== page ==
It was surreal, these many thoughts running through my mind as I hugged every one of my students after they received their diploma.  I don’t know if I was technically allowed to, but I stood at the foot of the stage stairs like one of the faculty and hugged them all as they came down the stairs.  I know that life is about to hit them harder than they’ve ever known.  BUT I also know that this group has an outstanding chance.  Maybe it’s my bias because I taught them, talked with them and learned from them, but I feel like this group is really going to go somewhere amazing. They are fighters for their own education.

1 Comment

Posted by on 24/05/2012 in art, being a student, teaching


Tags: , , , , , , , , , , , , , , , ,


Terry Davis’s Duke City Fix blog about my students

We’re actually into the story now and the students couldn’t be anticipating what is going to happen next any more!  I had 3 of them say they were going to rent one of the movies this weekend, 2 ask where they could get the book, and 1 borrow my copy.

Don’t ever tell me 8th graders won’t, because yes they will.

In all of my attempts to find ways to make this story come to life for them, I wrote to Popejoy Hall education department inquiring about a tour for the students that win the tickets.  I can’t believe the wonderful response I’ve been given.  The staff purchased another ticket for me so that I can take a student from each of my three classes!  The theatrical director is going to take us on a tour, and thanks to Terry Davis, we were featured in a blog on Duke City Fix!

I am so inspired by my students and so grateful to Popejoy/ UNM for helping me to give these students an experience that can be a positive force for the rest of their lives.

Les Miserables is that one book, that one story that anyone can identify with, even if you are an 8th grader from Albuquerque.  I would hug Victor Hugo if I could!


Tags: , , , , , , ,

Teaching Les Miserables

It has to be one of the most rewarding experiences to work through an idea and then watch it unfold even better than you thought!  I am experiencing that right now, and I can’t be happier about it!

It is a lot of work and I’m pretty sure my family thinks I’m nuts, but I am actually getting through to my students and they are absolutely loving it.  I was told at the beginning of this that there was no way I was going to get them to do homework every night, I was making a mistake by not showing the whole movie and for using older versions of the movie.  I was actually laughed at when I said that we were going to have tests every week, and looked at it with dumbfounded exasperation when I said that I had purchased 3 tickets to go see the play when it comes to town in June.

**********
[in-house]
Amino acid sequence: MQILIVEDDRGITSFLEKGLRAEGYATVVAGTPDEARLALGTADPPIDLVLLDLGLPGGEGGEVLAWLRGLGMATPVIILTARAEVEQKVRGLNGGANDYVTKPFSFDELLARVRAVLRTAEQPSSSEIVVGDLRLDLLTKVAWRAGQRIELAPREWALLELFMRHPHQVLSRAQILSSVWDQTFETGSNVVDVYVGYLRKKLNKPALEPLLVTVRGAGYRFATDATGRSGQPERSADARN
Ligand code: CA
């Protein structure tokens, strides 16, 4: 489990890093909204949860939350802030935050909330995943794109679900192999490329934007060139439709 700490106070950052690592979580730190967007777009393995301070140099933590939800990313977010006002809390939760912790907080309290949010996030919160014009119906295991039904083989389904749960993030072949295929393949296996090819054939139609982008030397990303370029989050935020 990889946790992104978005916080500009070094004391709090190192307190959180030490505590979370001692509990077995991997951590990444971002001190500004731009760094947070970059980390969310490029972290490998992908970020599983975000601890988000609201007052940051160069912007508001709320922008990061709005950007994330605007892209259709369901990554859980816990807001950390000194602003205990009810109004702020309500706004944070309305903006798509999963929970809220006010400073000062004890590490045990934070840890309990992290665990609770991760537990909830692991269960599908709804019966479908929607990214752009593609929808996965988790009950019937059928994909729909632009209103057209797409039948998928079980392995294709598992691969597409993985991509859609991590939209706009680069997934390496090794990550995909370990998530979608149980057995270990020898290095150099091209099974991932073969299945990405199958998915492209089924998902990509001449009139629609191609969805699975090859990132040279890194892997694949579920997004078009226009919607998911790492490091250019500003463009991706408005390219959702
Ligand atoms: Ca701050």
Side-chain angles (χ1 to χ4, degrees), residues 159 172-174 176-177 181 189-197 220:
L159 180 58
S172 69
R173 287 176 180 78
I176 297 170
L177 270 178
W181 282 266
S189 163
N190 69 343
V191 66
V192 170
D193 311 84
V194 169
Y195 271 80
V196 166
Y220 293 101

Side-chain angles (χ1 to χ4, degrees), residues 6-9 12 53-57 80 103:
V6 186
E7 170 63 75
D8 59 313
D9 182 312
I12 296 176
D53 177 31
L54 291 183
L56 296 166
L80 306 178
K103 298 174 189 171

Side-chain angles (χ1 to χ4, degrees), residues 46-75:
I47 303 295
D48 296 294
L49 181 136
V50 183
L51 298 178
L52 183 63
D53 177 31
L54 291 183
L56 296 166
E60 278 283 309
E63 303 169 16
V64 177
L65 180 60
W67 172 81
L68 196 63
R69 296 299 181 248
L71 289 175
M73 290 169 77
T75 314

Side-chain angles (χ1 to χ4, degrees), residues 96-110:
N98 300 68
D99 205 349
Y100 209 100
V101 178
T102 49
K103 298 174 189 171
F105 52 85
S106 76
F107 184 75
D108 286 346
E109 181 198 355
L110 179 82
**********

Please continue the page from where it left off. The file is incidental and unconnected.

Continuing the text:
But….  The students, my 8th grade ESL, underpriviliged students are “getting it”.  They are doing the homework, learning words like culpable, formidable, malady, suffrage and renounce, and watching movie versions from 1937 and 1952 in black and white with complete attention.  I have them writing in Dialogue Journals every day and am reading entries that show an incredible depth of understanding.  I knew these kids were awesome, but they are even blowing me away.

I think that this will become a foundational lesson in any classroom I’m in.  I can connect almost anything to it because of its universiality.

SO I’ve been riding the motorcycle again now that the weather is good.  Well, really the weather has been beautiful lately.  I’m still not ready to drive it, but I’m good with riding on the back for the time being.  Besides it’s helping to build up those neck muscles that you don’t realize are there until they are keeping your head from bouncing all over the place with the weight of a helmet. 

Does anyone have a suggestion for a helmet brand/type that isn’t heavy?  I have a full, shielded, 7# helmet right now, and it is a difficult choice between wearing it or not because of the extra strain on my neck vs, the death blow of pavement.  I know, that doesn’t sound like a real choice, but I don’t plan on crashing but I do have to deal with the neck pain each time.  It’s a real choice.



Leave a comment

Posted by on 14/04/2012 in Uncategorized


Tags: , , , , , , , ,

john pavlovitz

Stuff That Needs To Be Said

kloza on learning & technology

cluttering the web as often as possible

For the Love of ELA

The insane life of secondary teaching.

HaPiTirana | EatDrinkTirana

Your guide to the best bars and restaurants in Tirana, Albania

two apples a day

will keep your students happy

Lee Martin

My life in words

Roads & Kingdoms

Journalism and travel, together at last

Everything is fine here.

It's fine. It's all just...fine.


true stories from Iten

Buzzing Blue Room

Miss vd M 's Learning Journey


travel, love, and living life!

New England Nomad

All Things New England


Staying Positive



Write or Wrong

Uninspiration for the uninspired

Electric Holy Road

That's weird. That's life.

Harriet Solomon

If travel is an addiction, I'm afflicted.